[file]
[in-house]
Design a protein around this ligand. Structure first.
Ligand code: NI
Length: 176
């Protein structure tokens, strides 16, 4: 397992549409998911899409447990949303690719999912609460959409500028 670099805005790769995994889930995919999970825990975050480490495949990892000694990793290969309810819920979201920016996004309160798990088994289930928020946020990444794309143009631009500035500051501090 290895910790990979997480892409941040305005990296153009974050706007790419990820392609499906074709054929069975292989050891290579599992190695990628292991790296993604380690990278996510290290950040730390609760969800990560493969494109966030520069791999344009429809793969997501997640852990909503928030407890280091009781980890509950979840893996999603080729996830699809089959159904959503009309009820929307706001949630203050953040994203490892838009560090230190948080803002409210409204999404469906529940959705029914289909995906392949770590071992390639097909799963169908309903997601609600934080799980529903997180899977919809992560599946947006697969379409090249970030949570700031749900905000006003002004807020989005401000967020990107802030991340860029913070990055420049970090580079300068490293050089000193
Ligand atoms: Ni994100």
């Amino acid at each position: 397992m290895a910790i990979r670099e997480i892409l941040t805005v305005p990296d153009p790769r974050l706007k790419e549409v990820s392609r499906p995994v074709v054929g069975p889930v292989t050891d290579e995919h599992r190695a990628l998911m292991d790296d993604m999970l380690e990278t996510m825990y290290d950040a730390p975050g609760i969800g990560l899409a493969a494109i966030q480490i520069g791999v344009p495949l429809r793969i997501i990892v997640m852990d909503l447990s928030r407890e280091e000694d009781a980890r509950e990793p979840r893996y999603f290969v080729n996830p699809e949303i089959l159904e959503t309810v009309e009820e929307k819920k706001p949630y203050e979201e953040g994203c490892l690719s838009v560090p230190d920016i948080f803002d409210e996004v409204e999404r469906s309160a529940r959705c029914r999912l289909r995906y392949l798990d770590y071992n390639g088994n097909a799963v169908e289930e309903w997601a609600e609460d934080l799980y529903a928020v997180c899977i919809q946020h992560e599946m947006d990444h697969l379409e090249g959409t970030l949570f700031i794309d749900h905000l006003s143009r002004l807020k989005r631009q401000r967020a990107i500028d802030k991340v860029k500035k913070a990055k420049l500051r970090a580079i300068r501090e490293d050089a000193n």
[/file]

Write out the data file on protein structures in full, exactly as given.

[in-house]
Design a protein around this ligand. Structure first.
Ligand code: NI
Length: 176
């Protein structure tokens, strides 16, 4: 397992549409998911899409447990949303690719999912609460959409500028 670099805005790769995994889930995919999970825990975050480490495949990892000694990793290969309810819920979201920016996004309160798990088994289930928020946020990444794309143009631009500035500051501090 290895910790990979997480892409941040305005990296153009974050706007790419990820392609499906074709054929069975292989050891290579599992190695990628292991790296993604380690990278996510290290950040730390609760969800990560493969494109966030520069791999344009429809793969997501997640852990909503928030407890280091009781980890509950979840893996999603080729996830699809089959159904959503009309009820929307706001949630203050953040994203490892838009560090230190948080803002409210409204999404469906529940959705029914289909995906392949770590071992390639097909799963169908309903997601609600934080799980529903997180899977919809992560599946947006697969379409090249970030949570700031749900905000006003002004807020989005401000967020990107802030991340860029913070990055420049970090580079300068490293050089000193
Ligand atoms: Ni994100």
């Amino acid at each position: 397992m290895a910790i990979r670099e997480i892409l941040t805005v305005p990296d153009p790769r974050l706007k790419e549409v990820s392609r499906p995994v074709v054929g069975p889930v292989t050891d290579e995919h599992r190695a990628l998911m292991d790296d993604m999970l380690e990278t996510m825990y290290d950040a730390p975050g609760i969800g990560l899409a493969a494109i966030q480490i520069g791999v344009p495949l429809r793969i997501i990892v997640m852990d909503l447990s928030r407890e280091e000694d009781a980890r509950e990793p979840r893996y999603f290969v080729n996830p699809e949303i089959l159904e959503t309810v009309e009820e929307k819920k706001p949630y203050e979201e953040g994203c490892l690719s838009v560090p230190d920016i948080f803002d409210e996004v409204e999404r469906s309160a529940r959705c029914r999912l289909r995906y392949l798990d770590y071992n390639g088994n097909a799963v169908e289930e309903w997601a609600e609460d934080l799980y529903a928020v997180c899977i919809q946020h992560e599946m947006d990444h697969l379409e090249g959409t970030l949570f700031i794309d749900h905000l006003s143009r002004l807020k989005r631009q401000r967020a990107i500028d802030k991340v860029k500035k913070a990055k420049l500051r970090a580079i300068r501090e490293d050089a000193n």